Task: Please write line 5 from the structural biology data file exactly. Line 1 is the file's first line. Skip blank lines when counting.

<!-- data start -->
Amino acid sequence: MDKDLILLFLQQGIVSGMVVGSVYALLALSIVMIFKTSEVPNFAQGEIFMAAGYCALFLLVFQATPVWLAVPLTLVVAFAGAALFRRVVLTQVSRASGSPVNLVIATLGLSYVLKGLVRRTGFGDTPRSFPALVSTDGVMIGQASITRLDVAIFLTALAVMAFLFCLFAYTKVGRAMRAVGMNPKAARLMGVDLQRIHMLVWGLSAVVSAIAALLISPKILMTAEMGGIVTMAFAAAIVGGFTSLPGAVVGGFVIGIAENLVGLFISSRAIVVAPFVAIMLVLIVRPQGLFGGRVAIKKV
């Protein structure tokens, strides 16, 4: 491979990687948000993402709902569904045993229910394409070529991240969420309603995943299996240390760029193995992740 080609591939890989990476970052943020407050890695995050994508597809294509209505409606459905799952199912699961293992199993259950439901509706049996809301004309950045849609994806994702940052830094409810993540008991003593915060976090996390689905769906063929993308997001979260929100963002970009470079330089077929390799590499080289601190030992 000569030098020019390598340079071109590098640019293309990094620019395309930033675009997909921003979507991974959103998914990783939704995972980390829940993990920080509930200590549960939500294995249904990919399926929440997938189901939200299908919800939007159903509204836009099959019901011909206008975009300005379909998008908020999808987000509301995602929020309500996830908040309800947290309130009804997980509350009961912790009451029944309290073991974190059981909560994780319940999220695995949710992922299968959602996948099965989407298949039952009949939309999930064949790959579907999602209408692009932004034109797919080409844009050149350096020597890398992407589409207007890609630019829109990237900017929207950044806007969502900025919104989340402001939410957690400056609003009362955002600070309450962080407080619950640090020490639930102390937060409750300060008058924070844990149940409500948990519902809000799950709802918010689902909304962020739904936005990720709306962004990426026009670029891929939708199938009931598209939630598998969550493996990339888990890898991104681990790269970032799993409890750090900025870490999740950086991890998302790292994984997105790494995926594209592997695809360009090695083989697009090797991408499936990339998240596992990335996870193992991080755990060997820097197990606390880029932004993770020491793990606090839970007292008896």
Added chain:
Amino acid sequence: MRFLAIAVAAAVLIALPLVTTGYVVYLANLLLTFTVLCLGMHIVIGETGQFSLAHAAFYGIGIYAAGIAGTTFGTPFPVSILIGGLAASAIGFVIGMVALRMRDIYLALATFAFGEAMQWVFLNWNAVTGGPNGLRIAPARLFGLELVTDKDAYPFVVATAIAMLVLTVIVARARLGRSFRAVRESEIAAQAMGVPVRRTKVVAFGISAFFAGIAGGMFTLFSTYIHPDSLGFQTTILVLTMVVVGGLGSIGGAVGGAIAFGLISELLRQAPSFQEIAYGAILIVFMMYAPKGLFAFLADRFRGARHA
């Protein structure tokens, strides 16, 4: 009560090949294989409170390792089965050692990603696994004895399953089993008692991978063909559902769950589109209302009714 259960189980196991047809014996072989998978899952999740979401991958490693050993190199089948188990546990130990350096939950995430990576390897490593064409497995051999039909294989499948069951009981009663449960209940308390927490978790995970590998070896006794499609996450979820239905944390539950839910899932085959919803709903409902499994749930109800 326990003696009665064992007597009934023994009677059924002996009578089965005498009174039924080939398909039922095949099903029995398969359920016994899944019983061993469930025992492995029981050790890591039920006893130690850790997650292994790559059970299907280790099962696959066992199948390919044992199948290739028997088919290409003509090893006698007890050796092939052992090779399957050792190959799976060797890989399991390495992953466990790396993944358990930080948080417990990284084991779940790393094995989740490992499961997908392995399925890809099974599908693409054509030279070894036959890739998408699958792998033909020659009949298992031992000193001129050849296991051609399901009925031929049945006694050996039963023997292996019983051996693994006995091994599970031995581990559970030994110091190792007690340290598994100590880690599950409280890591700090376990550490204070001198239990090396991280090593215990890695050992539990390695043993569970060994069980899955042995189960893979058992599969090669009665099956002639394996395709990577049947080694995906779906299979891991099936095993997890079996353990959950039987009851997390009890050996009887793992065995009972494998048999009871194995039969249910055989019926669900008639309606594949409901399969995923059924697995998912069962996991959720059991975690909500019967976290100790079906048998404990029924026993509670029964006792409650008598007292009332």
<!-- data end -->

């Protein structure tokens, strides 16, 4: 009560090949294989409170390792089965050692990603696994004895399953089993008692991978063909559902769950589109209302009714 259960189980196991047809014996072989998978899952999740979401991958490693050993190199089948188990546990130990350096939950995430990576390897490593064409497995051999039909294989499948069951009981009663449960209940308390927490978790995970590998070896006794499609996450979820239905944390539950839910899932085959919803709903409902499994749930109800 326990003696009665064992007597009934023994009677059924002996009578089965005498009174039924080939398909039922095949099903029995398969359920016994899944019983061993469930025992492995029981050790890591039920006893130690850790997650292994790559059970299907280790099962696959066992199948390919044992199948290739028997088919290409003509090893006698007890050796092939052992090779399957050792190959799976060797890989399991390495992953466990790396993944358990930080948080417990990284084991779940790393094995989740490992499961997908392995399925890809099974599908693409054509030279070894036959890739998408699958792998033909020659009949298992031992000193001129050849296991051609399901009925031929049945006694050996039963023997292996019983051996693994006995091994599970031995581990559970030994110091190792007690340290598994100590880690599950409280890591700090376990550490204070001198239990090396991280090593215990890695050992539990390695043993569970060994069980899955042995189960893979058992599969090669009665099956002639394996395709990577049947080694995906779906299979891991099936095993997890079996353990959950039987009851997390009890050996009887793992065995009972494998048999009871194995039969249910055989019926669900008639309606594949409901399969995923059924697995998912069962996991959720059991975690909500019967976290100790079906048998404990029924026993509670029964006792409650008598007292009332």